Category Archives: storytelling

Of storytellers and pattern-makers; Book: Solitude: A Return to the Self

Of the three phrases in my e-mail signature and business card, storyteller draws the most smiles. People visibly relax. They ask me questions. They talk to me in a way they might not talk to an IT specialist or a consultant. Geek gets grins from people in the know, but storyteller is the one that crosses boundaries.

I added storyteller to my self-descriptors when I noticed technology evangelist needed a lot of explanation. The idea was simple: you can’t get people to explore social media by just showing it to them. You have to show them real people using it to create real value, and stories are a great way to do that. I collected examples from different industries and business units, and I used anecdotes to help people understand.

I was reading Solitude: A Return to the Self (a psychoanalytic exploration of introversion and creativity, drawing on historical examples), and I came across an interesting distinction between dramatists and patterns: people who retell stories and relieve experiences, and people who focus on patterns and regularities.

I stopped, reflected on it, and recognized more of myself in the patterner than the dramatist. At the family table, my father and my sister were always the ones telling stories with accents and sound effects. I spent more of my time thinking and reading, drawing connections among the dozens of books I read on a topic, teasing out common topics and threads.

I didn’t fully recognize that part of myself until I had the words to describe it.

I am more of a pattern-maker than a storyteller. Yes, I sprinkle anecdotes through talks to make them more alive, and I share stories through my blog. But the real value I find myself creating at work is in documenting and improving the way people do things. I build Drupal systems, and more than that, I build people’s ability to build Drupal systems. I use social software, and I train people how to do so. I facilitate workshops, and I improve the way we organize and facilitate those engagements.

What does this mean in terms of playing to my strengths? I’ll write about more processes and look for more ways to improve them. I’ll organize what I create so that it’s easy for people to learn and contribute. I’ll work on being able to see and being able to communicate. I’ll learn about lots of different kinds of patterns, so that I can bring them together.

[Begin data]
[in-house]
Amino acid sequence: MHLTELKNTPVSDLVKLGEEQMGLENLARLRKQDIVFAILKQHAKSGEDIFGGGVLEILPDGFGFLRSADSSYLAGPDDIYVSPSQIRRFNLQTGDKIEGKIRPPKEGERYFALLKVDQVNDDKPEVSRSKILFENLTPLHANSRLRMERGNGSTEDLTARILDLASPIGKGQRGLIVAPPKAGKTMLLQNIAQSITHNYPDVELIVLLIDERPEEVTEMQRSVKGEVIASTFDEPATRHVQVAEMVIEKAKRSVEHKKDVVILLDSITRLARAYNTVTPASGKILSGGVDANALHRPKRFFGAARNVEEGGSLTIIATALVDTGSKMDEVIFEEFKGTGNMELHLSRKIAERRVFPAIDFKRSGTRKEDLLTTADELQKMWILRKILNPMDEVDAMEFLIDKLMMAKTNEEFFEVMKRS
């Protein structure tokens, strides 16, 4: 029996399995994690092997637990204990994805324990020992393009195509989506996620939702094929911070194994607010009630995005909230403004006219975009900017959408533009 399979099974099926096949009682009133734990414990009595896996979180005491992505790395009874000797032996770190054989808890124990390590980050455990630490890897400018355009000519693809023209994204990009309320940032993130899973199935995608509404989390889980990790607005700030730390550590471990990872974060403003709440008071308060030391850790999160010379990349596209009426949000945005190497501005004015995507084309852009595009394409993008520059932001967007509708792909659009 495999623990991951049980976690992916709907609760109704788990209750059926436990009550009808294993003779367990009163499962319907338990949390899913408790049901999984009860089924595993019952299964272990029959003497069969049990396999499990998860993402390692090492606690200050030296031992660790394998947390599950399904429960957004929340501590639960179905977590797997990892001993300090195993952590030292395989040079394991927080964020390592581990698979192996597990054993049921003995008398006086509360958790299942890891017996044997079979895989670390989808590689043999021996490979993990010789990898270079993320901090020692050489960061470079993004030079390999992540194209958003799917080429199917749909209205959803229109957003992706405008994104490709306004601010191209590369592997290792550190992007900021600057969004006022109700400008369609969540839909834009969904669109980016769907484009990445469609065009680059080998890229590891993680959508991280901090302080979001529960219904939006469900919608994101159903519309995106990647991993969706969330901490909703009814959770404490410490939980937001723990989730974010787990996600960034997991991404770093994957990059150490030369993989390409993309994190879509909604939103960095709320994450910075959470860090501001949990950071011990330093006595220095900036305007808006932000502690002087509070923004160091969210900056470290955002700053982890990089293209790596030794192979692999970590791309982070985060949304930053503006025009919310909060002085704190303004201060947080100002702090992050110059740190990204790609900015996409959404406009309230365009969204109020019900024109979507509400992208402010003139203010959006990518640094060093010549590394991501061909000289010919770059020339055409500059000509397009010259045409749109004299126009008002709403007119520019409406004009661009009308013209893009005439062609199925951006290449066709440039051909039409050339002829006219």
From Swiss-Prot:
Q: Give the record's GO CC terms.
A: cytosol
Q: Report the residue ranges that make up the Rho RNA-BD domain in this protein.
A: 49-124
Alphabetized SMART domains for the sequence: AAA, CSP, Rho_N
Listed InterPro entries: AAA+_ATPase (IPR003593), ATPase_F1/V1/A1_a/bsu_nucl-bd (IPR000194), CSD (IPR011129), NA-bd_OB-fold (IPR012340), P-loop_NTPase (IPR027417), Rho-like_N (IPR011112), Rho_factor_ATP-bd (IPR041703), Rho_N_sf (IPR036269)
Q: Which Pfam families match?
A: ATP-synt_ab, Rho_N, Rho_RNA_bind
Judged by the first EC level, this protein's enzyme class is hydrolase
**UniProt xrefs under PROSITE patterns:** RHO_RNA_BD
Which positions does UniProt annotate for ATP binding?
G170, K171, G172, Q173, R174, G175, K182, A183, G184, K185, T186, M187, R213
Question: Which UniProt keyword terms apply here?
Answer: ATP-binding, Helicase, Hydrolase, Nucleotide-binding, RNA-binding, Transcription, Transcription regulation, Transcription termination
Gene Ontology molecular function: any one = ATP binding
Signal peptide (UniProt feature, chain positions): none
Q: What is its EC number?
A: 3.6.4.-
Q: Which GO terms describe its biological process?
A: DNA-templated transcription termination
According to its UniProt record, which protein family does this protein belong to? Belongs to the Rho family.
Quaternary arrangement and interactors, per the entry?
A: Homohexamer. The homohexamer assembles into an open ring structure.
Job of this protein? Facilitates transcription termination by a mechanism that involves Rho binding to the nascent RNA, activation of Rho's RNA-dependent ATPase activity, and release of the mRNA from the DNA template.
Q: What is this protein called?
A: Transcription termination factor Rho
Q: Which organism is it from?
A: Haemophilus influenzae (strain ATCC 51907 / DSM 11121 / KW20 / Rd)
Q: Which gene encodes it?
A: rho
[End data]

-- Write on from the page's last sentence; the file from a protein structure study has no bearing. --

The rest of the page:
I’ll still work on storytelling skills. Stories are essential for leadership and connection. I’ll keep blogging, and I’ll keep using lots of examples in talks.

But it’s nice to have a name for what I do.

Here’s a link to the book:

Solitude: A Return to the Self
Anthony Storr

(Disclosure: The link above is an Amazon affiliate link. That said, I recommend checking out your local library. I got this book from the Toronto Public Library, yay!)

Most of it is about Freud and Jung, and various writers and poets who’ve had solitary lives (mostly troubled solitary lives). The key message is probably that being alone isn’t as bad as people think it is. =) And you might pick up something completely different, like I did…

Learning storytelling from my parents

My parents are both storytellers.

My dad makes everyday life seem epic, with sound effects and humour. He embellishes tales to make them more dramatic. He tells stories in conversation, and is often the center of attention in a large crowd.

My mom keeps the stories of generations, revealing unexpected connections with grandparents or great-grandparents. She tries to stick as close to the truth as she can remember. She tells stories in intimate conversation and through her writing. I look forward to our weekly Skype conversations because of the mix of stories she shares: some about the past, some about recent adventures.

I’m really lucky that my parents both love telling stories.  Growing up, I saw how the stories they told inspired and energized and connected people. Good stories don’t have to have morals, points, or storybook villains threatening to destroy the universe. Sometimes a slice of life can make an unexpected connection.

I want to learn how to tell stories like that. My sister Kathy tells stories like my dad does, and I tell stories like my mom. I want to get better at saving and telling stories, particularly the difficult ones, and writing is my way of remembering.

Reinvention: virtual storytelling summit Nov 11 – 22, 2010

Update: May 12 2012: Hmm, files are missing. Sorry!

UPDATE: Here are my sketchnotes from the first day. Click on each one to view the full-sized version. Want to share this post with others? Short URL: . (Follow me on Twitter: @sachac)

New: Added three more sketchnotes:

That Resonates With Me! How to Change the World, One Story at a Time, Nancy Duarte


Shift Your Story Arc: Creating the Trajectory of Your Life, Julie Ann Turner


Screw Your Career Path, Live Your Story! Jason Seiden


Previously posted:

Why You Need to Tell a Bigger Story, Get Storied


Spend Shift: How the Post-Crisis Values Revolution is Changing the Way We Buy, Sell, and Live, John Gerzema


Just Enough to Make a Story: Creating a Narrative from an Anecdote, Sean Buvala